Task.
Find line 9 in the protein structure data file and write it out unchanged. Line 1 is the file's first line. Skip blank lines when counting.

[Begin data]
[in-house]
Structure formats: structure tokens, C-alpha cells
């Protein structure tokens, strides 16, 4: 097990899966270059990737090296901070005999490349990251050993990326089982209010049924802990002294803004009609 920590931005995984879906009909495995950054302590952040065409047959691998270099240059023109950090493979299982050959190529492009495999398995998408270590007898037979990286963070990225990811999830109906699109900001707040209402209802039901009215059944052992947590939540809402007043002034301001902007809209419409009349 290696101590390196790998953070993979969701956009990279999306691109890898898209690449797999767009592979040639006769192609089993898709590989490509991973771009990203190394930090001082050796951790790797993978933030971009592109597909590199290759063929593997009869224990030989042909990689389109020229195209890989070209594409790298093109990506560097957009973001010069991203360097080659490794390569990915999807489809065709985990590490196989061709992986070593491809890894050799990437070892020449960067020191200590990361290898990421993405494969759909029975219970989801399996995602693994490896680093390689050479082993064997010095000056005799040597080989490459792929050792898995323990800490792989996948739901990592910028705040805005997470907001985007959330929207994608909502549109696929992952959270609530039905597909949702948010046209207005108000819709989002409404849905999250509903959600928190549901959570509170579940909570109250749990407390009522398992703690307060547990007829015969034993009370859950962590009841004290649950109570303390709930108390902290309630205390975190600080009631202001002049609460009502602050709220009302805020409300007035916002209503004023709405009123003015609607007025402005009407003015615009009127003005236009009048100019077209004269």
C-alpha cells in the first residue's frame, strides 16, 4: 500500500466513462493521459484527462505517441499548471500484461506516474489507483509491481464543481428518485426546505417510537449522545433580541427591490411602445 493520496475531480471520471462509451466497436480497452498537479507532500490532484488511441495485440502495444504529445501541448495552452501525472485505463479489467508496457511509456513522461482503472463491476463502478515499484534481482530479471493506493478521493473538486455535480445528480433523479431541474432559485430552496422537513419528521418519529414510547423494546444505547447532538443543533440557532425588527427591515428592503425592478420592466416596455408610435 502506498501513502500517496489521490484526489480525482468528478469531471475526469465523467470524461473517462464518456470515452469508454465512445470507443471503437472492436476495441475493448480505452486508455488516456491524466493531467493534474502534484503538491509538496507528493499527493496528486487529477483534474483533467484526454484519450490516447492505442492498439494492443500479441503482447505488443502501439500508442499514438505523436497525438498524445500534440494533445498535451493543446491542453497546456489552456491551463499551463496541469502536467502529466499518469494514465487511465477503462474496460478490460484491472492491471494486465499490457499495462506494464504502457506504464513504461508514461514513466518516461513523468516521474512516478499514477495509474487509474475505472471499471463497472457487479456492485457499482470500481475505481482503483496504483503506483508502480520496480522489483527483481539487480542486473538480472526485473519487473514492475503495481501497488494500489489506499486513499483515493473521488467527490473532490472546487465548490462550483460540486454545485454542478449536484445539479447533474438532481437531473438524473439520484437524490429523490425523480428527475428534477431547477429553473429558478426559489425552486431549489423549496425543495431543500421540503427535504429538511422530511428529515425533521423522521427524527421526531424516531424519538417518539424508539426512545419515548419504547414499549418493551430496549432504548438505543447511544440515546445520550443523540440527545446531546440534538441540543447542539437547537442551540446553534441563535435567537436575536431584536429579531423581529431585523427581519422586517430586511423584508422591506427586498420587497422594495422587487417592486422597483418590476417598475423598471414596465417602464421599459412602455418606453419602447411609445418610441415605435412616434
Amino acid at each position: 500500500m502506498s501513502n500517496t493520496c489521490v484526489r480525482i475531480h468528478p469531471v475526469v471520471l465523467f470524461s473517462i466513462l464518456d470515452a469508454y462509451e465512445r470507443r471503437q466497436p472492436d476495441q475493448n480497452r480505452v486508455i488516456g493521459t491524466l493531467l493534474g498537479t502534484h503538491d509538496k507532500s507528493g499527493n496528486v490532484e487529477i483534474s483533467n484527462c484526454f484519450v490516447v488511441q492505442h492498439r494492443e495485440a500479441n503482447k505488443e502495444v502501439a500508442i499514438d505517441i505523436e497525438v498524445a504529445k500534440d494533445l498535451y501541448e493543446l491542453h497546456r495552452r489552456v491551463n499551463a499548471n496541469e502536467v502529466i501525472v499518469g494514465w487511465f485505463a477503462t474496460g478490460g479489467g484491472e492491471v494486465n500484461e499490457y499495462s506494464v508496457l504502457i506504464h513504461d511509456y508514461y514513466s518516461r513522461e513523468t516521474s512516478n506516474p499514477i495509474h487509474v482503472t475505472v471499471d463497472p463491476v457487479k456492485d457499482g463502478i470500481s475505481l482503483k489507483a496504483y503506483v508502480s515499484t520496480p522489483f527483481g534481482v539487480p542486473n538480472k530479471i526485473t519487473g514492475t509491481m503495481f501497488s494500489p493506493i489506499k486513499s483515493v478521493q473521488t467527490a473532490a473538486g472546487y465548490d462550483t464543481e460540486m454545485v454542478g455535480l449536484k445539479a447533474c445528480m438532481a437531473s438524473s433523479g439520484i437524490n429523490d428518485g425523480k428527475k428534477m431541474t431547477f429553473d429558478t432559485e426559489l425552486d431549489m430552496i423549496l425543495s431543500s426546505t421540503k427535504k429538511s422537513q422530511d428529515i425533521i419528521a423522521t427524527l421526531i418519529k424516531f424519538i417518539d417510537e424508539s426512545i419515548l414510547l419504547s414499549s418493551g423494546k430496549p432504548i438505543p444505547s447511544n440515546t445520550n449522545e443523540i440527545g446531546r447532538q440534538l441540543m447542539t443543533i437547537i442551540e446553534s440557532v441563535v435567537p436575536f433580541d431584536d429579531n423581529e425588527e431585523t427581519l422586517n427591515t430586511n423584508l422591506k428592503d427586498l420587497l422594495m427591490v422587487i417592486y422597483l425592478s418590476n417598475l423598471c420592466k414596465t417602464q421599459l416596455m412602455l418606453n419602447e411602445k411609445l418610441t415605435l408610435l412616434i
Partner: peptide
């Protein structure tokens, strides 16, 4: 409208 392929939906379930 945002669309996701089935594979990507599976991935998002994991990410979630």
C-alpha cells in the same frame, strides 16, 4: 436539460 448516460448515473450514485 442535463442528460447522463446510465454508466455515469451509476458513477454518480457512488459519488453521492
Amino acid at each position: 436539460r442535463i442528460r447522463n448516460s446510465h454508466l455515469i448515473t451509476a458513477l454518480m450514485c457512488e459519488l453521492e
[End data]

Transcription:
Amino acid at each position: 436539460r442535463i442528460r447522463n448516460s446510465h454508466l455515469i448515473t451509476a458513477l454518480m450514485c457512488e459519488l453521492e